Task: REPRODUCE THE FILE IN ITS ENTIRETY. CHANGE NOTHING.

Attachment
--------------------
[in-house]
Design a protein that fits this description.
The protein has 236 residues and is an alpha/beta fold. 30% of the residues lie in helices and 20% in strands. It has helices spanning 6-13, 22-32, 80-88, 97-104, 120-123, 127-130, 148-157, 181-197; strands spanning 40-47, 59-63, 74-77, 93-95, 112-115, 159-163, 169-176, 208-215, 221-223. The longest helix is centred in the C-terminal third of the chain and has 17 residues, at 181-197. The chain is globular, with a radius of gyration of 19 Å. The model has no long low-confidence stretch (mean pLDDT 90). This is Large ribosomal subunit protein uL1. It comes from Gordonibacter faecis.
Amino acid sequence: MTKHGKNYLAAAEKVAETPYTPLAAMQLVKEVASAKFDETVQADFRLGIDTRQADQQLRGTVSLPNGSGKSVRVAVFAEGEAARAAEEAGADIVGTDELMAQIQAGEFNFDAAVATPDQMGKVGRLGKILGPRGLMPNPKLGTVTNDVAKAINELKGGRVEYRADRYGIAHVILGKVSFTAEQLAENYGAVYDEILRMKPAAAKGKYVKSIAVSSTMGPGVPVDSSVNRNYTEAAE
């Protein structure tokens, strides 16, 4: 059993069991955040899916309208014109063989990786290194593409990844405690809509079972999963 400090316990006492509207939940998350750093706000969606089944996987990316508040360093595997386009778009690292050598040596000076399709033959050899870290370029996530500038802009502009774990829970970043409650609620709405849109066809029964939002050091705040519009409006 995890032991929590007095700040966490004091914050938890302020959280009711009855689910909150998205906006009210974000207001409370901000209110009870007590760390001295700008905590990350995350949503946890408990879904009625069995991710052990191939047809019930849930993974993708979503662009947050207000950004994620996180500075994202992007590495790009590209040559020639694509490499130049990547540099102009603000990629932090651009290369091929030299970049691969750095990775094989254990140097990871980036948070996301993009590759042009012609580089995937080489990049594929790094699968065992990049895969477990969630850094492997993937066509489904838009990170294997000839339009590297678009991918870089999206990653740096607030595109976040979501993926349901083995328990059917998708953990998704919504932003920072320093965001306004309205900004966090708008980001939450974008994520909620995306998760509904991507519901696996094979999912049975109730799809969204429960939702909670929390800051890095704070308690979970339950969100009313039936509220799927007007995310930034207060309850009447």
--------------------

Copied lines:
[in-house]
Design a protein that fits this description.
The protein has 236 residues and is an alpha/beta fold. 30% of the residues lie in helices and 20% in strands. It has helices spanning 6-13, 22-32, 80-88, 97-104, 120-123, 127-130, 148-157, 181-197; strands spanning 40-47, 59-63, 74-77, 93-95, 112-115, 159-163, 169-176, 208-215, 221-223. The longest helix is centred in the C-terminal third of the chain and has 17 residues, at 181-197. The chain is globular, with a radius of gyration of 19 Å. The model has no long low-confidence stretch (mean pLDDT 90). This is Large ribosomal subunit protein uL1. It comes from Gordonibacter faecis.
Amino acid sequence: MTKHGKNYLAAAEKVAETPYTPLAAMQLVKEVASAKFDETVQADFRLGIDTRQADQQLRGTVSLPNGSGKSVRVAVFAEGEAARAAEEAGADIVGTDELMAQIQAGEFNFDAAVATPDQMGKVGRLGKILGPRGLMPNPKLGTVTNDVAKAINELKGGRVEYRADRYGIAHVILGKVSFTAEQLAENYGAVYDEILRMKPAAAKGKYVKSIAVSSTMGPGVPVDSSVNRNYTEAAE
């Protein structure tokens, strides 16, 4: 059993069991955040899916309208014109063989990786290194593409990844405690809509079972999963 400090316990006492509207939940998350750093706000969606089944996987990316508040360093595997386009778009690292050598040596000076399709033959050899870290370029996530500038802009502009774990829970970043409650609620709405849109066809029964939002050091705040519009409006 995890032991929590007095700040966490004091914050938890302020959280009711009855689910909150998205906006009210974000207001409370901000209110009870007590760390001295700008905590990350995350949503946890408990879904009625069995991710052990191939047809019930849930993974993708979503662009947050207000950004994620996180500075994202992007590495790009590209040559020639694509490499130049990547540099102009603000990629932090651009290369091929030299970049691969750095990775094989254990140097990871980036948070996301993009590759042009012609580089995937080489990049594929790094699968065992990049895969477990969630850094492997993937066509489904838009990170294997000839339009590297678009991918870089999206990653740096607030595109976040979501993926349901083995328990059917998708953990998704919504932003920072320093965001306004309205900004966090708008980001939450974008994520909620995306998760509904991507519901696996094979999912049975109730799809969204429960939702909670929390800051890095704070308690979970339950969100009313039936509220799927007007995310930034207060309850009447």